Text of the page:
It started to rain.  The scenery was made more majestic by the dark blacks of clouds and the bright whites of the spaces between.  It rained.  We climbed.  It kept raining.  We kept climbing.  We were headed straight up and into the heart of the storm.  We met hikers coming down.  They looked like they’d just survived something.  They looked haunted.  They shook their heads and wished us luck.  The climb was huge.  Jagged peaks tore holes in the sky.  Thunder ripped downhill.  Shook our insides up.




We stopped for lunch.  The second we stopped, the rain stopped and the sun came out.  The second we were done, it came back.  Very accommodating, I must say.


I was excited.  I loved the electricity in the air.  Everyone else seemed a bit nervous.  We came to another lake – huge and bright blue and so, so deep even ten feet from shore.  Clear and cold with giant rocks as islands in the middle.  We were aliens again in a foreign landscape.


Lightning everywhere.  And amazing thunder.  We were hiking with another girl at the time, and I turned to her and my words stuck in my throat.  “Your hair.”

“What?”  She looked at me, confused.  Her long hair stood straight out from her head.

I took off my hat.  We looked at each other.  My hair followed suit.  Hadn’t been washed in two weeks, matted down by rain, still standing straight out from my head.

Not yet a passing grade for this Hair Test

Not yet a passing grade for this Hair Test

The three of us took off, trying to find a low spot.  Barren alien rock landscape after more barren alien rock landscape.  We dumped our packs and took our foam pads and sat fifty feet away from them.  We sat in the rain.  And sat.  Periodically I’d take my hat off, and we’d do a ‘hair test’.  As long as my hair stood up, we sat down.

We were gonna get hit by lightning.  Aidan pointed out that it was good that we didn’t get hit while we were hiking, since all three of us had fuel canisters in our backpacks.  We wouldn’t have stood a chance.

My hair sat down.  We stood up.  We made the final push to the hut at the top of Muir Pass.  I’d wanted for years to be in that exact place, and here I was.  And I was tired.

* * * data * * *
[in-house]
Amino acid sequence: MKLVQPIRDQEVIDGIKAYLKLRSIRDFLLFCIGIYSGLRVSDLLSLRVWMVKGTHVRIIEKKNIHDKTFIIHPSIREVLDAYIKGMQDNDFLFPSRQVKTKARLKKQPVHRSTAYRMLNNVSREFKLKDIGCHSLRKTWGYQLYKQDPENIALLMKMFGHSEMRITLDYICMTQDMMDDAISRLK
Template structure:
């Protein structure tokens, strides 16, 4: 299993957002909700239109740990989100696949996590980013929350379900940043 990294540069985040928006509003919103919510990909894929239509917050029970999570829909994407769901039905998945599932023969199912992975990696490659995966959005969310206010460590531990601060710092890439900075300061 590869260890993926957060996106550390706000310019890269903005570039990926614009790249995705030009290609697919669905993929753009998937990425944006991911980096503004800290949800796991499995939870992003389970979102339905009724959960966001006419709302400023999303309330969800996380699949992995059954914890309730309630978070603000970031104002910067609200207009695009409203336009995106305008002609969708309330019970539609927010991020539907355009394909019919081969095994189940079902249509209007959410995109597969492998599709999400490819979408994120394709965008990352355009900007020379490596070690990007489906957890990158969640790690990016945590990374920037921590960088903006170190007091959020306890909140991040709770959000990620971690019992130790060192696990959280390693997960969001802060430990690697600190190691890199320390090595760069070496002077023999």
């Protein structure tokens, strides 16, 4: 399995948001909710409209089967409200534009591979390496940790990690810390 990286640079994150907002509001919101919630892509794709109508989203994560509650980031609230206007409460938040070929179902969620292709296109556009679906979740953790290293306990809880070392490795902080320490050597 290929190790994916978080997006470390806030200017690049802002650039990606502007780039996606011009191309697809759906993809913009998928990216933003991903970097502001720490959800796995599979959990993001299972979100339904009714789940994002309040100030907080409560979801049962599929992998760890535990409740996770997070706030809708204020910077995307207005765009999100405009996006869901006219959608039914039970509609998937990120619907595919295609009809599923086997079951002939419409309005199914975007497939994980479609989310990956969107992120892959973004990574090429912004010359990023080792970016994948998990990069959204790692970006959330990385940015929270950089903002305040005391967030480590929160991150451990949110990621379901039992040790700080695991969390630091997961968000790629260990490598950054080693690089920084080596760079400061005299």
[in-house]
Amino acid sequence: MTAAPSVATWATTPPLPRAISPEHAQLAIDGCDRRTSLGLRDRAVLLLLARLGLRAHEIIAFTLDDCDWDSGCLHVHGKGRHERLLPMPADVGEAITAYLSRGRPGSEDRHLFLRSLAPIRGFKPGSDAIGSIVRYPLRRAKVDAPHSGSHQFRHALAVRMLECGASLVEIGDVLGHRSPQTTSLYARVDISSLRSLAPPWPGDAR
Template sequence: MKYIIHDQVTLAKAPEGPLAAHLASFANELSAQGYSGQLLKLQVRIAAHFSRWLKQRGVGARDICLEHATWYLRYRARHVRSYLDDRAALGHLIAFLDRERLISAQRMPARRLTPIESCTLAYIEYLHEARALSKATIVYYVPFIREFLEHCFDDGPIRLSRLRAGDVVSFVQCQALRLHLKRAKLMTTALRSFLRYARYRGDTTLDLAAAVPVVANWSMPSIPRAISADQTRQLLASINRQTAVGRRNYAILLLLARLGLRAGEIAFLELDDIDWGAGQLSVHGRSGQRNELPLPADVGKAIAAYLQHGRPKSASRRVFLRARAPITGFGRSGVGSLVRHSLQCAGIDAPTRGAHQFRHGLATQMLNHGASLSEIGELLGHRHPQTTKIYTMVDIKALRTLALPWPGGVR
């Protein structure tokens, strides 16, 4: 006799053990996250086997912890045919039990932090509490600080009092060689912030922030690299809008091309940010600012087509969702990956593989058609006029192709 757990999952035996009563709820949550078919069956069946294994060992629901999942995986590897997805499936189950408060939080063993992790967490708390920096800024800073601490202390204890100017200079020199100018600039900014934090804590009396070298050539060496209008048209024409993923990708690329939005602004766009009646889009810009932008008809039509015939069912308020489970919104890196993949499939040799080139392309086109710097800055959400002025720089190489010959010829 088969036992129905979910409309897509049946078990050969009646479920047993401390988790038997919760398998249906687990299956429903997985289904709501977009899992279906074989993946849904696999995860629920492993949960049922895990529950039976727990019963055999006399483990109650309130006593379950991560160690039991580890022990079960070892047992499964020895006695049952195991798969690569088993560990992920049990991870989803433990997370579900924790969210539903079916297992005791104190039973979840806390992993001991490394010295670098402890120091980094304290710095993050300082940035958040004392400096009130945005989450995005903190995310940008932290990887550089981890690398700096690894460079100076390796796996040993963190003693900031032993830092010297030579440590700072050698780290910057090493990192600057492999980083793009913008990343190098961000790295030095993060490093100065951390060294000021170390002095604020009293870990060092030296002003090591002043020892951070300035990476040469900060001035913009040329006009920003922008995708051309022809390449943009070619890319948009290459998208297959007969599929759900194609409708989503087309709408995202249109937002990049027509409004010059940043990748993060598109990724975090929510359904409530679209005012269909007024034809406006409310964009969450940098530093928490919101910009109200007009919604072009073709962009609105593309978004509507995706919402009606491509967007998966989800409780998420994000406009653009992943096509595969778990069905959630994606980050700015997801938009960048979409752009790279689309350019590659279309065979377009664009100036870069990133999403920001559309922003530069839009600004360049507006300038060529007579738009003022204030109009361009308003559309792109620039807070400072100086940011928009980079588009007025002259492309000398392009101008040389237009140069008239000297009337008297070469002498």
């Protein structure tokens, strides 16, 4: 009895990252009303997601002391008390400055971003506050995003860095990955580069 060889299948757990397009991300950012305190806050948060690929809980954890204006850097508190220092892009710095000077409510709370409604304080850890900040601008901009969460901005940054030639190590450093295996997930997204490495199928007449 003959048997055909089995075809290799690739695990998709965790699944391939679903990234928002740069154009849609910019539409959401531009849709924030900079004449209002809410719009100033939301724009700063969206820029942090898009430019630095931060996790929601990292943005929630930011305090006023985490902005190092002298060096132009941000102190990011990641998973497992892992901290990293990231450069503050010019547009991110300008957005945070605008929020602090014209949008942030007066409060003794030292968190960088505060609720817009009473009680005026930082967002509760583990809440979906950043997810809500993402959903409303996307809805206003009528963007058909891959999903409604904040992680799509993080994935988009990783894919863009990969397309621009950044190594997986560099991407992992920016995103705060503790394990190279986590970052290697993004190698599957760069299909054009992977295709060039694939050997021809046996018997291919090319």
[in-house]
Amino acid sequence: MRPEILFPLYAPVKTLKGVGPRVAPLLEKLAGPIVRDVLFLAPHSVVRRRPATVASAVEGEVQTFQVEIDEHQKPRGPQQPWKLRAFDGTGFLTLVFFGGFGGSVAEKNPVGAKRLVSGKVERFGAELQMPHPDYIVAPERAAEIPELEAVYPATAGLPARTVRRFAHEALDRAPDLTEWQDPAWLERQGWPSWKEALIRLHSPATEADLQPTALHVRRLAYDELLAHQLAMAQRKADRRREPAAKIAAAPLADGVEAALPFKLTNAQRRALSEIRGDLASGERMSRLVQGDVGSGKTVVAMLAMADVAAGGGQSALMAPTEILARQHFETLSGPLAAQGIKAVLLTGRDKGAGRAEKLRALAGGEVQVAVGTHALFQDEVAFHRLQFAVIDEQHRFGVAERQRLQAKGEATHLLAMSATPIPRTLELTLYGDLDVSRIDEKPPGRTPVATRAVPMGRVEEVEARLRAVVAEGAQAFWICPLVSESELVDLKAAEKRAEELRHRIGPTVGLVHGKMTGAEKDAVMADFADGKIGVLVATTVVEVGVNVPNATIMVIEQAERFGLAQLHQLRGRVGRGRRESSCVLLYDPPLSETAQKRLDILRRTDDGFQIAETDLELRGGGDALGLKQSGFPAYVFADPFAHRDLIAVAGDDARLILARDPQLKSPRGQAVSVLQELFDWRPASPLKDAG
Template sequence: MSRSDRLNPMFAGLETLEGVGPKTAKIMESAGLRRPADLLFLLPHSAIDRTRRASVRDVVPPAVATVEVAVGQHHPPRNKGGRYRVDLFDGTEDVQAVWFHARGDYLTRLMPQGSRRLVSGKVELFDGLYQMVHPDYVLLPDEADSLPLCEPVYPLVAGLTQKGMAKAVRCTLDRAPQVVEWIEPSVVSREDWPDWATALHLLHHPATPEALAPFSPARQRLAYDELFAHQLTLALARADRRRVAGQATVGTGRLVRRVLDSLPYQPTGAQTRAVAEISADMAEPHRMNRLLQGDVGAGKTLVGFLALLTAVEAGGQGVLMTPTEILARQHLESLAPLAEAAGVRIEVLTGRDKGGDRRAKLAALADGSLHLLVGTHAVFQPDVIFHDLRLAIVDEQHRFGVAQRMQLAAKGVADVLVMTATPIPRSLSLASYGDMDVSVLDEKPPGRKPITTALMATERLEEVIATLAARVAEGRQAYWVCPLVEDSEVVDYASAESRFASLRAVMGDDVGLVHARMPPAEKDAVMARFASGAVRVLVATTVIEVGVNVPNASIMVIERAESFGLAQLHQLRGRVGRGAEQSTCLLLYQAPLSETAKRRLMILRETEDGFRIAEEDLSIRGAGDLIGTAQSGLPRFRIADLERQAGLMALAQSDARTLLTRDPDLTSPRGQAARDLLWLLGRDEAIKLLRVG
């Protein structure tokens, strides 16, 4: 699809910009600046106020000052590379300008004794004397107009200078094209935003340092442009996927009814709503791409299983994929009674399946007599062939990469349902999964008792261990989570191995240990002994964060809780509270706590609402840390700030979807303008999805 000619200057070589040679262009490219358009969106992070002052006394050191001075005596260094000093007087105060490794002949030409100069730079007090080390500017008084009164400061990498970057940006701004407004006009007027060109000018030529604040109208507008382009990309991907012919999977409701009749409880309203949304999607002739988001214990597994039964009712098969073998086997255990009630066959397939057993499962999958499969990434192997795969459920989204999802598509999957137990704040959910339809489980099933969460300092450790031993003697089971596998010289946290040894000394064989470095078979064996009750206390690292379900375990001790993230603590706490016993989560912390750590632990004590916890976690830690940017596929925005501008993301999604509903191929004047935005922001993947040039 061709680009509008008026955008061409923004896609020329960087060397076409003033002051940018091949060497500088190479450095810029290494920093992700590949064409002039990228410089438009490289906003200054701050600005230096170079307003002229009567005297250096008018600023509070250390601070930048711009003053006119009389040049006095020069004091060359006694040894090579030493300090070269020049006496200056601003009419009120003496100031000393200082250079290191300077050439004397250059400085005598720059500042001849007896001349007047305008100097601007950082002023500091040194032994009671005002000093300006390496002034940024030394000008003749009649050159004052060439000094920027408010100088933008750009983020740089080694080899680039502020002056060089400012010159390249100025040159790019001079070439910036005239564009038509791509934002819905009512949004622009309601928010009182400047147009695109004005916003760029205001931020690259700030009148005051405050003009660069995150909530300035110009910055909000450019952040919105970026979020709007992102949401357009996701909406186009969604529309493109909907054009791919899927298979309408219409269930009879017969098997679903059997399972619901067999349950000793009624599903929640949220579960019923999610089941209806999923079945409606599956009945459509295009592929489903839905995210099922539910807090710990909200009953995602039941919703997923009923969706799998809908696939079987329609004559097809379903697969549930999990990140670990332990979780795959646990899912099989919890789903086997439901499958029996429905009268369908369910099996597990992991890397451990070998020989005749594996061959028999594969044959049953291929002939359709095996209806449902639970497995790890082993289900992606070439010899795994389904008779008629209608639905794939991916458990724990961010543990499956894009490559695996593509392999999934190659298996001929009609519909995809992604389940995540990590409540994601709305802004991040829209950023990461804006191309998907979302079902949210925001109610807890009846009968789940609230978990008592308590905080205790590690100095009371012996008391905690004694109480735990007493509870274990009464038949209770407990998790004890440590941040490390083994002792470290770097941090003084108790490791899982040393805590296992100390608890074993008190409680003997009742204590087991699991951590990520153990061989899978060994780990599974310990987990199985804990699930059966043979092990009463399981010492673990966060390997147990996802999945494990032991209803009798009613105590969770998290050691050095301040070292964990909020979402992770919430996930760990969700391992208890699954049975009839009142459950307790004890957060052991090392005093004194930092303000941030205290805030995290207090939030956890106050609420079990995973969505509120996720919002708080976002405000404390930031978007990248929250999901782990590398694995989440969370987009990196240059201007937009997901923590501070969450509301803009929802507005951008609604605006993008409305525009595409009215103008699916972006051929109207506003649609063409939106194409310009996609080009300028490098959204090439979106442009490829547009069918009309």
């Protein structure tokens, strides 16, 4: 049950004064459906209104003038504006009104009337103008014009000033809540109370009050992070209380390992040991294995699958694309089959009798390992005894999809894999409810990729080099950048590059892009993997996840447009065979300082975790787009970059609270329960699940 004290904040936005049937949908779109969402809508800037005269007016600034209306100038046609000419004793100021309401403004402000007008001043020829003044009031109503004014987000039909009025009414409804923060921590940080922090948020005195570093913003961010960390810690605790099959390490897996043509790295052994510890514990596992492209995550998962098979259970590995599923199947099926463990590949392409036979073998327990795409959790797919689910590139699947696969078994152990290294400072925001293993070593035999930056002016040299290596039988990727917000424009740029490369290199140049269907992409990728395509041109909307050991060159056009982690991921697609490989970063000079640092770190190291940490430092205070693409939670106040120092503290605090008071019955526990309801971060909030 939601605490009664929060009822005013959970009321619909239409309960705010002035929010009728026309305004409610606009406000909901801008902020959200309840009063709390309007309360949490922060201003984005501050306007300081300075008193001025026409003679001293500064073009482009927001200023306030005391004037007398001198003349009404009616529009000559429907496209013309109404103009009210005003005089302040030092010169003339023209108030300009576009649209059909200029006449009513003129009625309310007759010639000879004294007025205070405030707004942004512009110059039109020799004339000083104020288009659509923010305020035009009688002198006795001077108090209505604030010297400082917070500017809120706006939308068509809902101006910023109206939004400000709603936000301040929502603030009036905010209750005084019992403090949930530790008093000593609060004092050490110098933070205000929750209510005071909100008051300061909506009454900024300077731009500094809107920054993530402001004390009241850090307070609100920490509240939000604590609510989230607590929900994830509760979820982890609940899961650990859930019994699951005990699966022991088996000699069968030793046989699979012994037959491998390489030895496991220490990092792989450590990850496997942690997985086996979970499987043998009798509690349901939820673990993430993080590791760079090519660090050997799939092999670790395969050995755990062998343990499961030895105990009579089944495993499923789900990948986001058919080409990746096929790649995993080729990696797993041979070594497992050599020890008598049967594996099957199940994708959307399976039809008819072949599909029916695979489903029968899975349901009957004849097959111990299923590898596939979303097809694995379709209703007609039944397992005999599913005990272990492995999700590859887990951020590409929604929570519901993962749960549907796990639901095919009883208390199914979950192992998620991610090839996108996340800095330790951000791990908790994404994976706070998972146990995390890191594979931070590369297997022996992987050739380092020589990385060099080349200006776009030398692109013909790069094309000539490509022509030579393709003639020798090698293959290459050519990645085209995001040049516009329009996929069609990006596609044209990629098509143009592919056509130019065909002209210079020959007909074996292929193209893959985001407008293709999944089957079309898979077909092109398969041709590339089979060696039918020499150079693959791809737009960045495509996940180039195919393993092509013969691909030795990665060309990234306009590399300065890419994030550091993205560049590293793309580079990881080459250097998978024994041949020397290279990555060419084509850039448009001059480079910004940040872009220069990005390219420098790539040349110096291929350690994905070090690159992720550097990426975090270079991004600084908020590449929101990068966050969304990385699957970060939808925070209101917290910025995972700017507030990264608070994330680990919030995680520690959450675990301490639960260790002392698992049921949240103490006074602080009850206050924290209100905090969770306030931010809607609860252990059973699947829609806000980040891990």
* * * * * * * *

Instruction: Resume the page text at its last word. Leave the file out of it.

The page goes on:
Both of us had a dream come true in one day.  Amazing.


We thought we’d make some hot coffee or hot chocolate in the hut, but we were disappointed to find that it was leaky and smelled bad.  Aidan was still sleep deprived and it was showing.  He vowed to take a Unisom tonight.  He’d found some in the buckets at MTR but hadn’t tried it yet.  He hated taking medication.  But this was becoming a necessity.


It rained harder.  We left the hut.  My hands were so cold and wet.  My gloves were soaked through.  I was starting to worry about my hands a little bit.  The trail was a six inch deep stream.  Rain water so pure it coursed blue down the mountain.  Arctic-lookin’.  We climbed through boulder fields.  Aidan kept asking me if my feet were dry.  I kept answering in the affirmative.  He was shocked.  So was I.

The actual trail

The actual trail

We passed pristine lakes requiring complicated footwork.  We chose a camp when we simply could go no further.


The rain stopped.


I pulled out the footprint for the tent.  Shook it out.  Dropped it and squeaked like a girl.  A giant, fat spider crawled out of the fabric.  We’d been carrying him around all day.  I guess that is how species move.

We ate and watched the amazing sunset, stretched, and climbed gratefully into our tent.  As promised, Aidan took his Unisom tablet.


I peeled off my socks.  Wrung them out.  I stared at my pruned feet.  Unsure how I thought I’d been dry the whole time.

Aidan was right.  Today was a series of miracles.